Smart Cities

The ride-hailer has its license back, but it will be on probation for 15 months.

Some background: Last September, London’s transport regulator declared the ride-hailing firm “not fit and proper” to provide its services in London. Uber never stopped operating in the city, though—it was allowed to continue service during the appeals process.

The ruling: Chief magistrate Emma Arbuthno ruled today that Uber was now fit to operate in the city. But rather than the typical five-year license, it was given a 15-month period to prove it’s made necessary adjustments. It agreed to adopt new regulations and pay Transport for London’s 425,000-pound legal costs.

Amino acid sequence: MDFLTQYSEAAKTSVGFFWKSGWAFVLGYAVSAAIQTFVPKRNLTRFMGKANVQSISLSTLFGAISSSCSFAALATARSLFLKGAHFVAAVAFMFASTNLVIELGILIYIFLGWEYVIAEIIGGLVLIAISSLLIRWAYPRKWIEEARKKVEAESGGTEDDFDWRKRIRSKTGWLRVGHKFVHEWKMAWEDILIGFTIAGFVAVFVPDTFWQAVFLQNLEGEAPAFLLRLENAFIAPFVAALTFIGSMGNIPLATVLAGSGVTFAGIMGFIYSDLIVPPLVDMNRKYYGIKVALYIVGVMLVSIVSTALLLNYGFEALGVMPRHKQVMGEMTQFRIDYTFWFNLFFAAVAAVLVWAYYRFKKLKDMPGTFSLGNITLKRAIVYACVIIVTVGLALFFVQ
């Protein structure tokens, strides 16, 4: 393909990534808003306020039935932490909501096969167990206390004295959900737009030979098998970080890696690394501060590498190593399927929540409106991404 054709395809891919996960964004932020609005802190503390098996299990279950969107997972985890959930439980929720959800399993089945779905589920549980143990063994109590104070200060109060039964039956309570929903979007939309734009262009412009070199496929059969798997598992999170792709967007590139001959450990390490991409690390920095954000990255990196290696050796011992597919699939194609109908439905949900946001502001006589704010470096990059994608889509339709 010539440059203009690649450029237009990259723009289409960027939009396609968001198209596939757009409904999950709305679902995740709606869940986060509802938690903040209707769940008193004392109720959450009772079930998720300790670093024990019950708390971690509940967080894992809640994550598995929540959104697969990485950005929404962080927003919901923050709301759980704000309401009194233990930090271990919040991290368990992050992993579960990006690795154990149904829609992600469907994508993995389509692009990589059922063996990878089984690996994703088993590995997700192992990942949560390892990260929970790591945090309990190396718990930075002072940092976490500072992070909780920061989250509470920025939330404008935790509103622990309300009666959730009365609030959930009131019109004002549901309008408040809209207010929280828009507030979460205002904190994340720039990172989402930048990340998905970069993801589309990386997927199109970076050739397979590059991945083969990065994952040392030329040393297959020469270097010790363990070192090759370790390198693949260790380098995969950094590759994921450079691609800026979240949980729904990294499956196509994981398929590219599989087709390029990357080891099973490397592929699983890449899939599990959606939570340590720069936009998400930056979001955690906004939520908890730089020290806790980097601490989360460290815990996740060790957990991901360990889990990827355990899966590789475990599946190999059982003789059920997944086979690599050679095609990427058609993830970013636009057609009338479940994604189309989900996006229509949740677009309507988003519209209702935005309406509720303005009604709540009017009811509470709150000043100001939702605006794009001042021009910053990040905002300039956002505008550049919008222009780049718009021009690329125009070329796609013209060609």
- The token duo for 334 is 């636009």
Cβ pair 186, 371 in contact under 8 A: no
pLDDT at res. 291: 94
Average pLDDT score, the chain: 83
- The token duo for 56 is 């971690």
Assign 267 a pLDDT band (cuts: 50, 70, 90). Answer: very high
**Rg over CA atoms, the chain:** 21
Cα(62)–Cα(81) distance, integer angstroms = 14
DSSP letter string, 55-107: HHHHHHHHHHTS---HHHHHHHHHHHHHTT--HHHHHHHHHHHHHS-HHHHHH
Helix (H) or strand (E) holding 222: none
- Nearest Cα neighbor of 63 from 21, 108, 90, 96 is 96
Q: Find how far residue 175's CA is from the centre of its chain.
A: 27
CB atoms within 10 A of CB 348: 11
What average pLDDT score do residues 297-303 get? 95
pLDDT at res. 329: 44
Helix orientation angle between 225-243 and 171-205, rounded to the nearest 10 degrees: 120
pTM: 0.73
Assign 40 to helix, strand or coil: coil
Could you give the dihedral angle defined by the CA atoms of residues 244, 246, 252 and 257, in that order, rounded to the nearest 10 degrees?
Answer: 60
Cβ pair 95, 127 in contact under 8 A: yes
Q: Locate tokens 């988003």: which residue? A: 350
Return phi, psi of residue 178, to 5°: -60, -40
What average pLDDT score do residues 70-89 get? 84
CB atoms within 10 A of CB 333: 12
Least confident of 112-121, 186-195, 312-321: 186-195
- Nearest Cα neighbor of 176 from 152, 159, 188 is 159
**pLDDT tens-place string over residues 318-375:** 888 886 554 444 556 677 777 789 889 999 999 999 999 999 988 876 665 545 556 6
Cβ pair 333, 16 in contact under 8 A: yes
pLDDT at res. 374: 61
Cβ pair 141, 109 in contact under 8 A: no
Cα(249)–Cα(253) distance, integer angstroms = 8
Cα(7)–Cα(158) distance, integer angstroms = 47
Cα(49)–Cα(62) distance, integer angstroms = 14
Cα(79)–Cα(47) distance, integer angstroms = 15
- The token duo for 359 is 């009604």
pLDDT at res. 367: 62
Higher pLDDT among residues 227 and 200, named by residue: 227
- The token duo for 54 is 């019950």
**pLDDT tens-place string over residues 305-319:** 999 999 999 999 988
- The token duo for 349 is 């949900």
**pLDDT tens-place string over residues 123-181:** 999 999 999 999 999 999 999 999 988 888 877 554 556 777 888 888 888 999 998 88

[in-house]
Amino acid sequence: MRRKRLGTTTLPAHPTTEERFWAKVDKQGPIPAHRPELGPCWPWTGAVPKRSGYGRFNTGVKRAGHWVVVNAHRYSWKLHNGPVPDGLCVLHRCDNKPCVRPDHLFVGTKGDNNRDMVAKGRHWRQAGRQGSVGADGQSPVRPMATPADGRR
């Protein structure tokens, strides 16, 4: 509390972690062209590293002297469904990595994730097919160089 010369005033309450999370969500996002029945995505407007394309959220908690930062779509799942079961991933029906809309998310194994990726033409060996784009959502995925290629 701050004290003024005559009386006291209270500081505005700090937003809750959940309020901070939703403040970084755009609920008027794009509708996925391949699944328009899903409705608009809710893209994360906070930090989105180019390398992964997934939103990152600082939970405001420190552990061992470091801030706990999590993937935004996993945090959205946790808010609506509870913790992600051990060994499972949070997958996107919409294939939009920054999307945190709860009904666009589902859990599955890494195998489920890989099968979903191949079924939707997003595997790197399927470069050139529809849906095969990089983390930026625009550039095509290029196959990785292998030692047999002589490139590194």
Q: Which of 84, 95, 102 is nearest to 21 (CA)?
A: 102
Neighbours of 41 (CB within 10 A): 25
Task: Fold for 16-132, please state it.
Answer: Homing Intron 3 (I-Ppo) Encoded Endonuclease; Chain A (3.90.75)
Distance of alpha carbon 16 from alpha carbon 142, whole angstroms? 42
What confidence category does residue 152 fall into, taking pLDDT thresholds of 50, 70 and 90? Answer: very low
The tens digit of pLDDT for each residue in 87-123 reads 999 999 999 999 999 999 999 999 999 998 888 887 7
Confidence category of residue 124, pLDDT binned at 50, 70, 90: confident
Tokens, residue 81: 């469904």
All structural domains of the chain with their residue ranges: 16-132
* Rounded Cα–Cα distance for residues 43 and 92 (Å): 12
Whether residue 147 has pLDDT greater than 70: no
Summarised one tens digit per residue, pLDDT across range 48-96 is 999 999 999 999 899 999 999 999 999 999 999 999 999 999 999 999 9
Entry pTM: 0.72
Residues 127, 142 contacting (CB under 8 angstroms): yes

Why it matters: The case was a major change of pace for Uber. Rather than taking a combative approach, representatives of the company accepted blame, apologized for its actions, and promised to make changes. The ruling could serve as a model for other cities also looking to further regulate ride hailers.